Just Wipe It Off
Isn’t wonderful how our loved ones are completely perfect?
My loved ones drive me crazy.
A single friend once told me she admires the way I so generously accept my husband’s faults. I laughed really hard at that one. I don’t accept his faults. They really irk me. (I love the word ‘irk’, don’t you? We don’t use it often enough.) Marriage does not mean you love someone’s faults – it means you love someone DESPITE his faults.
Oh, and HER faults. It’s quite astonishing that my husband loves me – despite my mass of insane insecurities.
But let’s not just talk about marriage.
All my loved ones make me nuts.
But, oh, how I love them.
I love someone who just never, ever feels good. This person complains constantly about headaches, stomachaches, backaches, foot aches, fingernail aches… whatever it is, the suffering continues.
I love someone who frequently criticizes someone else I love. Person #2 will start telling a story, and Person #1 will say, “Oh, no, it didn’t happen like that.” Person #1 just will not let Person #2 have his own memories.
I love someone who works part-time (out of choice) and yet cries incessentantly about not having enough money. Time is precious – and that’s what this person chose. So don’t moan about the bills mounting up.
I love someone who insults my taste. If I say I like a book, this person says, “I detested that book.” If I like a movie: “That movie was a waste of time.” If I like a song: “I hate, hate, hate that song.” (I get a lot of triple-hates.)
I love someone who will tell you about a TV show in such detail, it takes longer than the original show ever did (including commercials). And sometimes more than once.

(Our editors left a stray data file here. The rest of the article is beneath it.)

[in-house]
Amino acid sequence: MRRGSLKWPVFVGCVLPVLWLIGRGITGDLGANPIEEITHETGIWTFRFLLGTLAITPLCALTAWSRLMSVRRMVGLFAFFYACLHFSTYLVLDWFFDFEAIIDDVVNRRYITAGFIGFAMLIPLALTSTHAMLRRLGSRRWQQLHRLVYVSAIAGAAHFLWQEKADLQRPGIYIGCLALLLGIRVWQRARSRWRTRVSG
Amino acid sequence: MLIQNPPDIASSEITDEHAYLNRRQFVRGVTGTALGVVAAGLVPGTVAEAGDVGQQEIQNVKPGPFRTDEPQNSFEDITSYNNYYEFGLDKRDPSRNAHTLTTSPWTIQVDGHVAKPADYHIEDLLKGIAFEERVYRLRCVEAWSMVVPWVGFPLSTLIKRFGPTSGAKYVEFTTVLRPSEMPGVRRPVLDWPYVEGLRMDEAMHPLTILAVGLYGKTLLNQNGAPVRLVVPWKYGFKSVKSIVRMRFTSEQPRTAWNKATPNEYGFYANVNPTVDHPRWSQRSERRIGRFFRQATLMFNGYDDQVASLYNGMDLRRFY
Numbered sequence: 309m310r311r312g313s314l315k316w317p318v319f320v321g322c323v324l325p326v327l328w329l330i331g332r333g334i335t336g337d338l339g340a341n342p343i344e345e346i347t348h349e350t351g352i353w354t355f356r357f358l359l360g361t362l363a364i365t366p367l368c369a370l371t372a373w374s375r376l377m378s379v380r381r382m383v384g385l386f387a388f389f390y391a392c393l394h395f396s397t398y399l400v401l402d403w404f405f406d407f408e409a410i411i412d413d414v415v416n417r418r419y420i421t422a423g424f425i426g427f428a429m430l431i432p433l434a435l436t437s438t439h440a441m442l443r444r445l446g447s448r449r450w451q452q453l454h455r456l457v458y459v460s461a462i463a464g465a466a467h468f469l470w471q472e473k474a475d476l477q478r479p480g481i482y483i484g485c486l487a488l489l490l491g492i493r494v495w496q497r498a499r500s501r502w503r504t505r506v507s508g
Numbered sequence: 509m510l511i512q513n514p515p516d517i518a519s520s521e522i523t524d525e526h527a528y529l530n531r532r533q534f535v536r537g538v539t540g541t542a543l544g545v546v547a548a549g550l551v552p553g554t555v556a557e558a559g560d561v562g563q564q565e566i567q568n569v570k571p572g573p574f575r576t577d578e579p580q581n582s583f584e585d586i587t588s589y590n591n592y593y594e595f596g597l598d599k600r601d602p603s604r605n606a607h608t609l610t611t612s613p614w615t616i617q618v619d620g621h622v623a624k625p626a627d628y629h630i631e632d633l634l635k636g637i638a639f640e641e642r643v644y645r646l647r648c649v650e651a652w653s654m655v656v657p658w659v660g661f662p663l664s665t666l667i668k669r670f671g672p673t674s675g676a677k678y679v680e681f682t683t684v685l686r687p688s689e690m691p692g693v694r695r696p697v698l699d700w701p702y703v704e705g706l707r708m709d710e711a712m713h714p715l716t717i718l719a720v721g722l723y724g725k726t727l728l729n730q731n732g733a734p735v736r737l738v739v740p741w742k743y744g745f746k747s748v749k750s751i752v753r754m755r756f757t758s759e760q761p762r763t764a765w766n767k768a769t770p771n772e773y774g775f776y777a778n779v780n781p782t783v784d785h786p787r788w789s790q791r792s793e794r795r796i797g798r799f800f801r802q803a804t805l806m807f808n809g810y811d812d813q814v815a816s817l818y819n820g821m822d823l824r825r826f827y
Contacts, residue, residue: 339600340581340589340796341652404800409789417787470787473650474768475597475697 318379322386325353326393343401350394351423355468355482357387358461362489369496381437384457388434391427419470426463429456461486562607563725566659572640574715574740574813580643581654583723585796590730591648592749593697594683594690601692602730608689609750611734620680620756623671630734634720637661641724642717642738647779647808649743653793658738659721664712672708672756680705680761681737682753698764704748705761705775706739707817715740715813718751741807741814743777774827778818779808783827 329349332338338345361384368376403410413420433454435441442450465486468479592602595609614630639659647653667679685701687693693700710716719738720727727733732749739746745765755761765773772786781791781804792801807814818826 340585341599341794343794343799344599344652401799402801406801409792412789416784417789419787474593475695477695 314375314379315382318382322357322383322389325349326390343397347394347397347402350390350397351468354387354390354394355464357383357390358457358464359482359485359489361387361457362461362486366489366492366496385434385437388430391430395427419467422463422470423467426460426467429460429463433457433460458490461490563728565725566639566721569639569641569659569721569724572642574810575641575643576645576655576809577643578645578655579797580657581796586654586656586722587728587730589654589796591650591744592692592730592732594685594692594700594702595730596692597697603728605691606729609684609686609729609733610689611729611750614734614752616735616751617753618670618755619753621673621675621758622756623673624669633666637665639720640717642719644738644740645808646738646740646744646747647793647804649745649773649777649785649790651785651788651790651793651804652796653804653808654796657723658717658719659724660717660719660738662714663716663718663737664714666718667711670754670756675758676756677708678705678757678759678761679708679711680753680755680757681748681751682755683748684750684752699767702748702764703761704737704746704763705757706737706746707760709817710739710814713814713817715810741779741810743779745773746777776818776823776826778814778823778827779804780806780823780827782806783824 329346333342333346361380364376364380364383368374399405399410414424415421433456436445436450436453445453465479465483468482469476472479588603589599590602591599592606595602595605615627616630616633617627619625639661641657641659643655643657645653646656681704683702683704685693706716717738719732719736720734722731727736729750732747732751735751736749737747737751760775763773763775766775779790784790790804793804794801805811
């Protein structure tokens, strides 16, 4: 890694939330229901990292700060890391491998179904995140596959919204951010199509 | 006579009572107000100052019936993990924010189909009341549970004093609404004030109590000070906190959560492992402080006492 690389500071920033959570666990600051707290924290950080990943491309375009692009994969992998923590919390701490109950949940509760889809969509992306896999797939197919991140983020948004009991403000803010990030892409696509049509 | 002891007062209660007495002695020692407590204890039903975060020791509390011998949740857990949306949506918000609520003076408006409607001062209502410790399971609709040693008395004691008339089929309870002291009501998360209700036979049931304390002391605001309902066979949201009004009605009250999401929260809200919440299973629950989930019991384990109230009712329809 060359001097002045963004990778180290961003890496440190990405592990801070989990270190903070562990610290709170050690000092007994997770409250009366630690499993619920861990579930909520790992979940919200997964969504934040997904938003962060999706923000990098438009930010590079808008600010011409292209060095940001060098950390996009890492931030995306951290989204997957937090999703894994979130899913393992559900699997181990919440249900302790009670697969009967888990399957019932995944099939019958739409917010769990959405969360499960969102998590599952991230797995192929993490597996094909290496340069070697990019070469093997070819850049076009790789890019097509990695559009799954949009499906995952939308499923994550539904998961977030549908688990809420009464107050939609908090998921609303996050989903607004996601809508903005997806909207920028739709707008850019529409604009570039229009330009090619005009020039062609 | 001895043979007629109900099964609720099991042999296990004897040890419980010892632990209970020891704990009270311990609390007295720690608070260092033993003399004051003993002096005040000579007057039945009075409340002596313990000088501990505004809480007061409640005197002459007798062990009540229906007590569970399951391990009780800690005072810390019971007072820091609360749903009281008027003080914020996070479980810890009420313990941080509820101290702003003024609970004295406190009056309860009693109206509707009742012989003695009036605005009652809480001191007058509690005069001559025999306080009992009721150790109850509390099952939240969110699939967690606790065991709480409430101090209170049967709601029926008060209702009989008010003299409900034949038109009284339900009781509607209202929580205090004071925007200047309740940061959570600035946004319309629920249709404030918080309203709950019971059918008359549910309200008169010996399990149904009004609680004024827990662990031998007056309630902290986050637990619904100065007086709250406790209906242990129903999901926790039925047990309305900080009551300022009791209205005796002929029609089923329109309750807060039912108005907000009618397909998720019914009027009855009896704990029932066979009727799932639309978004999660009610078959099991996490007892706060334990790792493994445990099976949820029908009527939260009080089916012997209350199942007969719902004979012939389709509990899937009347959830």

But here’s the thing:
I don’t love these annoying bits of those people. I hate those bits.
I love THESE bits:
In no certain order:
I love someone who took several days off from work to drive a friend 300 miles during a family tragedy.
I love someone who brings a tool kit to my mother’s – just in case there is something that can be tightened up, loosened up, oiled up.
I love someone who makes me laugh till the tears roll down my nose.
I love someone who rescues dogs and cats – and children.
I love someone whose clothes are so cheerful, everyone feels better.
Which group of traits are more important?
I think of my loved ones’ faults like this:
Oh, we’ve all been there.
We go to a restaurant – sometimes a little hole-in-the-wall where the eating implements are wrapped in a paper napkin, sometimes an upscale restaurant where there is a plethora of sterling spread before you, and the waiter can hardly wait to bring you more.
And there it is – wrapped in the paper napkin or basking in candlelight – a spoon with a dried speck of something stuck to the bowl.
And oh, we are so annoyed. We are grossed out. We are ready to complain.
And sometimes, mostly when we are aggravated at something else anyway, we do complain.
But most of the time, we just discretely wipe off the dirty spoon.
And then the meal comes. And it is SO DELICIOUS. Whether it is a cheeseburger or duck confit, it’s glorious. Our mouths sing. Our bellies celebrate. We toast our good fortune.
Even if the spoon wasn’t perfect.
So what the hell…
We love someone whose chronic lateness is an annoying dirty spoon.
We love someone who buys wigs for cancer patients.
The spoon is dirty. There’s no denying it.
But what a magnificent entree!
So just wipe off the spoon.